Feldman: "We don't like the concept of unicorn. It's a valuation-guided concept. We wanted to create a company that gives value, and we weren't afraid to continue building a bigger and bigger company. You're making the valuation the goal and that's not our focus. Our board consists of people who believe in growth - people who let us runt with this and aren't pushing for an exit. We're running a marathon."

Working with anyone who does not work with Amazon

When Feldman and Gal talk about a marathon and rapid growth, they are also referring to growth in the number of Riskified's employees. The company currently has 260 employees, including 60 in New York, of whom 57 are new employees. The plan is to reach 350 employees by early next year and 500 in the following year. Gal currently spends most of his time in the US. "I was in Israel a month ago and I came back now, and 20 people were added to the staff during this time. It's necessary to learn to contain the growth, both physically in terms of tables and work stations on the floor and mentally. You ask yourself, 'How did we get from a place where everybody knows everybody else to a situation in which half of the company has been there less than a year, and how is it possible to create a level of interest and a connection and understanding throughout all of this?' You have to think about the construction and how people work and communicate with each other. It changes on the fly and all of these things are terribly difficult. You always feel that you don't have enough time to do everything you should and that nothing is good enough. But when you say, 'Where I'm now compared with a year ago is OK,' it's amazing."

So you actually don't know some of the people working here.

Riskified marketing director Shalhevet Zohar: "You get into the elevator with people and ask what floor they need, and they say the same floor that you need. It's getting to be embarrassing."

Gal: "I introduced myself to someone in the elevator yesterday because I was sure that she was a new employee, and then I realized that she wasn't. It goes in both directions."

Riskified's office floors are reminiscent of a kibbutz dining room. They have large work spaces with dozens of long tables and hold 200 employees, who carry their laptop with them to wherever they have decided to sit at that particular time. The tumult makes you wonder how people can concentrate at all, although the young people do not appear to be disturbed. The absence of dividers makes every employee constantly accessible for a chat or consultation, but on the other hand makes it difficult for him or her to focus on the task when necessary.

A description of the work conditions at Riskified is no trivial matter; it touches the main point. It is a sign of a trend in Israeli high tech of a group of young companies that has gotten on the fast track and is handling meteoric growth and a volume of activity that would challenge even experienced professional business managers. It also reflects the preferences of the employees themselves: while other companies are being forced to battle for each employee, it appears that employees really want to work in the company.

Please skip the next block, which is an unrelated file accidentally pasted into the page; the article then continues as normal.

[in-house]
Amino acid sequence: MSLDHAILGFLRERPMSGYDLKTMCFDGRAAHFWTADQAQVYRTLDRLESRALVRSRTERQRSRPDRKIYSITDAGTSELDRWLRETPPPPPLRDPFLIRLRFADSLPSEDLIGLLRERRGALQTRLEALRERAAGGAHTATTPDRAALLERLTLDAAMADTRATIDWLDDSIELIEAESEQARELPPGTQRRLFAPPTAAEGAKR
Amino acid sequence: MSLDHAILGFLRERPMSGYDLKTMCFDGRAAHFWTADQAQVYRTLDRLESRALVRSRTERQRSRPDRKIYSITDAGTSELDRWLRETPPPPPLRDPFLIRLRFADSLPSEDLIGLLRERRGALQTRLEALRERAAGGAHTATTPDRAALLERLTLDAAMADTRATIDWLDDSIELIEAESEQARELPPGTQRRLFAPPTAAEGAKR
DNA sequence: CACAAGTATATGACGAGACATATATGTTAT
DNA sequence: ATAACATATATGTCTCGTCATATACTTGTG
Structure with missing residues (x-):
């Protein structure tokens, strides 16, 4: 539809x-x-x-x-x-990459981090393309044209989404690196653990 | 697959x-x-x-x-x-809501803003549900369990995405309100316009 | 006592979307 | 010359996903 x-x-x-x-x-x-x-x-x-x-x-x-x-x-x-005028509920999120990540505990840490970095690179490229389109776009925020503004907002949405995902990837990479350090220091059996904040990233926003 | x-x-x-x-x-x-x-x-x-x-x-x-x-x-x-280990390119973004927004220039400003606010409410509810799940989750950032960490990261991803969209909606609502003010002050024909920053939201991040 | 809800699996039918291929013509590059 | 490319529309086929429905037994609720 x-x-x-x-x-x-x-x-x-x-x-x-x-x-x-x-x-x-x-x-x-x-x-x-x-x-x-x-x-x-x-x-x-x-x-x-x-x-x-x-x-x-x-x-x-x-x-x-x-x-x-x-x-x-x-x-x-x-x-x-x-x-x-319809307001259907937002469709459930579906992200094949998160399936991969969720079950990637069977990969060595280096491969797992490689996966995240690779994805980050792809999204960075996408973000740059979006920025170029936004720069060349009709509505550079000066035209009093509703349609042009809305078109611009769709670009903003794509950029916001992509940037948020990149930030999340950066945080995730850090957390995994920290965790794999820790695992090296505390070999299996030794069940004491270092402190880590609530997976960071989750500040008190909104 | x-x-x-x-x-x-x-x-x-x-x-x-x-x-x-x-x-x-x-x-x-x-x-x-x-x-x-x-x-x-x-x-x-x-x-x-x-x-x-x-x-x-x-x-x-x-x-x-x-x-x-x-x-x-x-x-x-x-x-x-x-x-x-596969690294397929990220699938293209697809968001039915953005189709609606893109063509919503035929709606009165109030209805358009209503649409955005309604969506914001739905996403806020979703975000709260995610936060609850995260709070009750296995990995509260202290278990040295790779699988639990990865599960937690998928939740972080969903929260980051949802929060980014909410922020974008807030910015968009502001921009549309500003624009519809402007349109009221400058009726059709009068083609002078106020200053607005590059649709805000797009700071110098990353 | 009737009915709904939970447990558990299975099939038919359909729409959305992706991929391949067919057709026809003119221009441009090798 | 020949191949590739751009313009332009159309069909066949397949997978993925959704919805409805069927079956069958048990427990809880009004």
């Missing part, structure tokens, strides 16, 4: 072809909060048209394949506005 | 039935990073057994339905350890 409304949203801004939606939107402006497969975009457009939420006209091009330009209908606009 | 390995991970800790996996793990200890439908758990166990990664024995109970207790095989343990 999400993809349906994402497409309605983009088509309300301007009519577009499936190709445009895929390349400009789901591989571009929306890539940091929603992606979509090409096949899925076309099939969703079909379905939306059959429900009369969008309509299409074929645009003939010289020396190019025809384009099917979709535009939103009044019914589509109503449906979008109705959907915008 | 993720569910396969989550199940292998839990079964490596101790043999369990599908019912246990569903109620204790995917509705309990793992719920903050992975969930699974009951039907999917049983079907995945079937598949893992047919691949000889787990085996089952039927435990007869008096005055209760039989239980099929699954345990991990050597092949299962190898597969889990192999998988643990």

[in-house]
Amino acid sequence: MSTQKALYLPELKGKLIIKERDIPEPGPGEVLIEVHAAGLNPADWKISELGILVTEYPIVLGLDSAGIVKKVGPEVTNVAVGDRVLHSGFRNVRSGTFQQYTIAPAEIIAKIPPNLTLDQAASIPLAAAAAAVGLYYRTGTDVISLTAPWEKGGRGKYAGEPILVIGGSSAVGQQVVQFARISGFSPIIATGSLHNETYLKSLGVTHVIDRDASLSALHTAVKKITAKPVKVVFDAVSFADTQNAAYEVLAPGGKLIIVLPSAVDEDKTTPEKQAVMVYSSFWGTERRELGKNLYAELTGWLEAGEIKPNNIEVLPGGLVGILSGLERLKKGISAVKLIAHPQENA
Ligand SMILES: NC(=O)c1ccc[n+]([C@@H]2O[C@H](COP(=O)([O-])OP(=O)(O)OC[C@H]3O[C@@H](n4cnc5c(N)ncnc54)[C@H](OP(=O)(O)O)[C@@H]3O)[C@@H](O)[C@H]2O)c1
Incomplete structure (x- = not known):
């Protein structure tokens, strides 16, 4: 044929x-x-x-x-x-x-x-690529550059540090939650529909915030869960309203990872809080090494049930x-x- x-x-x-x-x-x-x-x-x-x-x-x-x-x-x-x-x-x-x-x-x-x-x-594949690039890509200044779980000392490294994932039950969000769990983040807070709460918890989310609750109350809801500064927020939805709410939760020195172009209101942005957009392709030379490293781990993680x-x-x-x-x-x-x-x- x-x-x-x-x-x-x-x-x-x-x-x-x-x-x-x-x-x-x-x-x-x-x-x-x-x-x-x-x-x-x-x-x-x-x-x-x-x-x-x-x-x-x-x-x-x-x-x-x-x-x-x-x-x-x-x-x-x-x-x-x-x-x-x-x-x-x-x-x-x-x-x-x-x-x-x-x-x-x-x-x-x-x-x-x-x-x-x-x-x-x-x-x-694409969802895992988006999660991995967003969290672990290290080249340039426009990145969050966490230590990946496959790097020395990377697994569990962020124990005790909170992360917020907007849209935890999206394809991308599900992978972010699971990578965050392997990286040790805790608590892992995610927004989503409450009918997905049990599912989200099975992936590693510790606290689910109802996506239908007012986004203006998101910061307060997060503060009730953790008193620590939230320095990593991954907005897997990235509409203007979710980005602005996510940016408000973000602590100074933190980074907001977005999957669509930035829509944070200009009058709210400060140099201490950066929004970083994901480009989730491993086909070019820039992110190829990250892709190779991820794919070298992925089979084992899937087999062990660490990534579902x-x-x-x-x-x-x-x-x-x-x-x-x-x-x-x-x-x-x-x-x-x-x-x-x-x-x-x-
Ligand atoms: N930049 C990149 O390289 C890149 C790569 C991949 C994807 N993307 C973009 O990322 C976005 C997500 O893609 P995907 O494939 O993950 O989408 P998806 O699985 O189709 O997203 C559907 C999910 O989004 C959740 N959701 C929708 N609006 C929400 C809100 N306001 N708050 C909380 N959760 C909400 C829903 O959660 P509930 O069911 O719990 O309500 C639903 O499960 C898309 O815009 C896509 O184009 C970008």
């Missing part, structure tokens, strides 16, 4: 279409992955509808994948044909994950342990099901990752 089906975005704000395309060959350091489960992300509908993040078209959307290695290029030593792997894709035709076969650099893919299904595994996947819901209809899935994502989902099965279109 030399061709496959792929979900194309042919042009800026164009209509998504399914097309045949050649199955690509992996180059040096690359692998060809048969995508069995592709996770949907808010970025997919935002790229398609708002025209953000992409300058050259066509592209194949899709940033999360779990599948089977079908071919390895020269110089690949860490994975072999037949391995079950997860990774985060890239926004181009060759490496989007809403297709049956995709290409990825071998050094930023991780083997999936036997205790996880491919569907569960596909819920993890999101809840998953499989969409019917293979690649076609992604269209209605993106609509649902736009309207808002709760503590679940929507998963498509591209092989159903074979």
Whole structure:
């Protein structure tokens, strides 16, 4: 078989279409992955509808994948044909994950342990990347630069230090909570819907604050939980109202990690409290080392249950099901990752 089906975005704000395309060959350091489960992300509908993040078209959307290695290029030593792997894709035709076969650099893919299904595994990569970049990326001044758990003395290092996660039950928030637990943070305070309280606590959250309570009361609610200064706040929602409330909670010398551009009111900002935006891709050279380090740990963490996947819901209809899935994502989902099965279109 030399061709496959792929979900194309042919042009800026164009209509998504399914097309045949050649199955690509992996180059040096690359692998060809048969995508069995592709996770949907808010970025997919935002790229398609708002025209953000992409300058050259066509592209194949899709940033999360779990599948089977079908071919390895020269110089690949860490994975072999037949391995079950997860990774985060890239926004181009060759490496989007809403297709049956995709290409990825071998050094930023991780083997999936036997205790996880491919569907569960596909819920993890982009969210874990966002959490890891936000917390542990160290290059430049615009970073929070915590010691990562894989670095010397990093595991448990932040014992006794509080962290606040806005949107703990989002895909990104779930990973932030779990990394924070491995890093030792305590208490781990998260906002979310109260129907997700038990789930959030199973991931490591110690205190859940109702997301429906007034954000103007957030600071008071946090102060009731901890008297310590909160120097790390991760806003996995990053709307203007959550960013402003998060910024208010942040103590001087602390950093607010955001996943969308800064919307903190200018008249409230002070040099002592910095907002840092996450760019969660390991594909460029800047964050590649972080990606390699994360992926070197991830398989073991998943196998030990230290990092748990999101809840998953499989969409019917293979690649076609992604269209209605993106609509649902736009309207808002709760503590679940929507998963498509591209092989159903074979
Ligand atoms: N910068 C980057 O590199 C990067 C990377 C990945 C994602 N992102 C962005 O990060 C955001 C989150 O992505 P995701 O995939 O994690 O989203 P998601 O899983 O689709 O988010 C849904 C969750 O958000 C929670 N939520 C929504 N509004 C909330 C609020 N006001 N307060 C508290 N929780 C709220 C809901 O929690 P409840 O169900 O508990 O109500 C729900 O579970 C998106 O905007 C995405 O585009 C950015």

How does Amazon solve problems of online fraud?

Gal: "Amazon has teams of hundreds of employees, if not thousands, doing the same thing for their internal system that we're doing. We defined our market as any retailer who doesn't work with Amazon."

In the framework of your growth, is there any chance that Amazon will take an interest in you and buy you?

Gal: "It's possible, but I think that it's easier to imagine the potential size of our market without Amazon. If we do work with them. I believe that it will be in a very specific segment, maybe specific countries, maybe segments in which they have problems."

What is your advantage over them?

Gal: "We tell customers, 'If you aren't at Amazon's level of sophistication, then we're better. We enable our merchants to provide a "stunning customer experience," as Amazon describes itself. Without us, there are merchants offering delivery of a product on the same day, but when you check, it turns out that it's only after two days of 'processing the request,' during which they manage the risks."

Feldman: "We work with large companies for which we're a very non-trivial part of their effort to give Amazon a fight. These companies aren't agile in technology or learning. They have to take themselves in hand, or they'll be out of business."


Field of business: Preventing fraud on e-commerce websites

Year founded: 2013

Founders: Eido Gal and Assaf Feldman

Offices: Tel Aviv, New York

Employees: 260

Capital raised: $64 million

Investors: Pitango Venture Capital, Capital One, Qumra Capital, The Phoenix Holdings Ltd. (TASE: PHOE1;PHOE5)

Published by Globes [online], Israel business news - www.globes-online.com - on August 26, 2018

© Copyright of Globes Publisher Itonut (1983) Ltd. 2018

Eido Gal and Assaf Feldman Photo: Shlomi Yosef
Eido Gal and Assaf Feldman Photo: Shlomi Yosef